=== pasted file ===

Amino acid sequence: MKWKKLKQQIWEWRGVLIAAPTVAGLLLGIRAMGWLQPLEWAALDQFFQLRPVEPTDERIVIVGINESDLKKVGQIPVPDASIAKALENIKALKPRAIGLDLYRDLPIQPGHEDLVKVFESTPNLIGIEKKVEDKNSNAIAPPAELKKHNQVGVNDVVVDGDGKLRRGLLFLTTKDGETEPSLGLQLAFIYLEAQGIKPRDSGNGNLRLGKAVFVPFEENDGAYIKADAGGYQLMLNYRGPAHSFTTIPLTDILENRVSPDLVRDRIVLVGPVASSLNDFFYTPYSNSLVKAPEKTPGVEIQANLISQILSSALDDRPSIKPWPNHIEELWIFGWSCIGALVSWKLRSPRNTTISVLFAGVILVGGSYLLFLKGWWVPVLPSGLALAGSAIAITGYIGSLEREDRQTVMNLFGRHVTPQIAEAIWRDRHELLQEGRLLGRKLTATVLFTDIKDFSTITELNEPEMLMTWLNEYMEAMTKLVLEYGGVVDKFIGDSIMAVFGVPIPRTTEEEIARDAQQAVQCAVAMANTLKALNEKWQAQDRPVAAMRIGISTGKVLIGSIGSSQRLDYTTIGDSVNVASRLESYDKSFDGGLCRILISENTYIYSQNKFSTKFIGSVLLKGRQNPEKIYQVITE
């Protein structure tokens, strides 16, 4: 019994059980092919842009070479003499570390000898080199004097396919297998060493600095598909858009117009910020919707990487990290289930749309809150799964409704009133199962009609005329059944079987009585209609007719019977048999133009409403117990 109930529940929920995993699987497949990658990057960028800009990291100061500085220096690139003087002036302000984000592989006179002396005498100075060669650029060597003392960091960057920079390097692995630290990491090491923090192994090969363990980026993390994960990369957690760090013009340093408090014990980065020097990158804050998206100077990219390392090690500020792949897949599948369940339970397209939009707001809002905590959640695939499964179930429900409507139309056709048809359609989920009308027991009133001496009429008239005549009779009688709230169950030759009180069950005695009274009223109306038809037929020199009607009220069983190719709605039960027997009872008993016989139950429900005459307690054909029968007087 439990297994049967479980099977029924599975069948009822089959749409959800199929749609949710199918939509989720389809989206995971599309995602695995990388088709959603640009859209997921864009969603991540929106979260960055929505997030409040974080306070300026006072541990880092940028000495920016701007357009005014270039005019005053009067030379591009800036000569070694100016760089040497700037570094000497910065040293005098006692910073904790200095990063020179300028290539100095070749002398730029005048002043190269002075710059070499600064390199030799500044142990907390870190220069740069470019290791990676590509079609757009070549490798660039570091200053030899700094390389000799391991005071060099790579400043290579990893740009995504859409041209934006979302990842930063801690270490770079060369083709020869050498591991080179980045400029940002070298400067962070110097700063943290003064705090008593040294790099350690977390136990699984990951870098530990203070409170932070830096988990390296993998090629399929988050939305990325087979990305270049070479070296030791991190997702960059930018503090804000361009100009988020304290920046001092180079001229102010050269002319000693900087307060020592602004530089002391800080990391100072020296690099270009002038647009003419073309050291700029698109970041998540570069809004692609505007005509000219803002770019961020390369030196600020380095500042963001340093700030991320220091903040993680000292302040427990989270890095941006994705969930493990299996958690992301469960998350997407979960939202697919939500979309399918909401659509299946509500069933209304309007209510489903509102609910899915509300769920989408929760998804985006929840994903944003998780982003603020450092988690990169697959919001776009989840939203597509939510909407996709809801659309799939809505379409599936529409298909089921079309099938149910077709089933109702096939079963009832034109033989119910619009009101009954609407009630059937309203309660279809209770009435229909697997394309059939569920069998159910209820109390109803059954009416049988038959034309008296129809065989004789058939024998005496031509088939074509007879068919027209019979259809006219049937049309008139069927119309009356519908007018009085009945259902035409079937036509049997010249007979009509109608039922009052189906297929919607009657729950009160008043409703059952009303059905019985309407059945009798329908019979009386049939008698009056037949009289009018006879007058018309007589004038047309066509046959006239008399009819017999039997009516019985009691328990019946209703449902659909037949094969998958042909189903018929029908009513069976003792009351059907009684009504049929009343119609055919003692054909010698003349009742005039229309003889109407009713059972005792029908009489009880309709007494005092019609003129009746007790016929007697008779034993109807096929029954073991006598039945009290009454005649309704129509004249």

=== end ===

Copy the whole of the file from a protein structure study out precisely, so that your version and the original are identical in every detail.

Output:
Amino acid sequence: MKWKKLKQQIWEWRGVLIAAPTVAGLLLGIRAMGWLQPLEWAALDQFFQLRPVEPTDERIVIVGINESDLKKVGQIPVPDASIAKALENIKALKPRAIGLDLYRDLPIQPGHEDLVKVFESTPNLIGIEKKVEDKNSNAIAPPAELKKHNQVGVNDVVVDGDGKLRRGLLFLTTKDGETEPSLGLQLAFIYLEAQGIKPRDSGNGNLRLGKAVFVPFEENDGAYIKADAGGYQLMLNYRGPAHSFTTIPLTDILENRVSPDLVRDRIVLVGPVASSLNDFFYTPYSNSLVKAPEKTPGVEIQANLISQILSSALDDRPSIKPWPNHIEELWIFGWSCIGALVSWKLRSPRNTTISVLFAGVILVGGSYLLFLKGWWVPVLPSGLALAGSAIAITGYIGSLEREDRQTVMNLFGRHVTPQIAEAIWRDRHELLQEGRLLGRKLTATVLFTDIKDFSTITELNEPEMLMTWLNEYMEAMTKLVLEYGGVVDKFIGDSIMAVFGVPIPRTTEEEIARDAQQAVQCAVAMANTLKALNEKWQAQDRPVAAMRIGISTGKVLIGSIGSSQRLDYTTIGDSVNVASRLESYDKSFDGGLCRILISENTYIYSQNKFSTKFIGSVLLKGRQNPEKIYQVITE
């Protein structure tokens, strides 16, 4: 019994059980092919842009070479003499570390000898080199004097396919297998060493600095598909858009117009910020919707990487990290289930749309809150799964409704009133199962009609005329059944079987009585209609007719019977048999133009409403117990 109930529940929920995993699987497949990658990057960028800009990291100061500085220096690139003087002036302000984000592989006179002396005498100075060669650029060597003392960091960057920079390097692995630290990491090491923090192994090969363990980026993390994960990369957690760090013009340093408090014990980065020097990158804050998206100077990219390392090690500020792949897949599948369940339970397209939009707001809002905590959640695939499964179930429900409507139309056709048809359609989920009308027991009133001496009429008239005549009779009688709230169950030759009180069950005695009274009223109306038809037929020199009607009220069983190719709605039960027997009872008993016989139950429900005459307690054909029968007087 439990297994049967479980099977029924599975069948009822089959749409959800199929749609949710199918939509989720389809989206995971599309995602695995990388088709959603640009859209997921864009969603991540929106979260960055929505997030409040974080306070300026006072541990880092940028000495920016701007357009005014270039005019005053009067030379591009800036000569070694100016760089040497700037570094000497910065040293005098006692910073904790200095990063020179300028290539100095070749002398730029005048002043190269002075710059070499600064390199030799500044142990907390870190220069740069470019290791990676590509079609757009070549490798660039570091200053030899700094390389000799391991005071060099790579400043290579990893740009995504859409041209934006979302990842930063801690270490770079060369083709020869050498591991080179980045400029940002070298400067962070110097700063943290003064705090008593040294790099350690977390136990699984990951870098530990203070409170932070830096988990390296993998090629399929988050939305990325087979990305270049070479070296030791991190997702960059930018503090804000361009100009988020304290920046001092180079001229102010050269002319000693900087307060020592602004530089002391800080990391100072020296690099270009002038647009003419073309050291700029698109970041998540570069809004692609505007005509000219803002770019961020390369030196600020380095500042963001340093700030991320220091903040993680000292302040427990989270890095941006994705969930493990299996958690992301469960998350997407979960939202697919939500979309399918909401659509299946509500069933209304309007209510489903509102609910899915509300769920989408929760998804985006929840994903944003998780982003603020450092988690990169697959919001776009989840939203597509939510909407996709809801659309799939809505379409599936529409298909089921079309099938149910077709089933109702096939079963009832034109033989119910619009009101009954609407009630059937309203309660279809209770009435229909697997394309059939569920069998159910209820109390109803059954009416049988038959034309008296129809065989004789058939024998005496031509088939074509007879068919027209019979259809006219049937049309008139069927119309009356519908007018009085009945259902035409079937036509049997010249007979009509109608039922009052189906297929919607009657729950009160008043409703059952009303059905019985309407059945009798329908019979009386049939008698009056037949009289009018006879007058018309007589004038047309066509046959006239008399009819017999039997009516019985009691328990019946209703449902659909037949094969998958042909189903018929029908009513069976003792009351059907009684009504049929009343119609055919003692054909010698003349009742005039229309003889109407009713059972005792029908009489009880309709007494005092019609003129009746007790016929007697008779034993109807096929029954073991006598039945009290009454005649309704129509004249």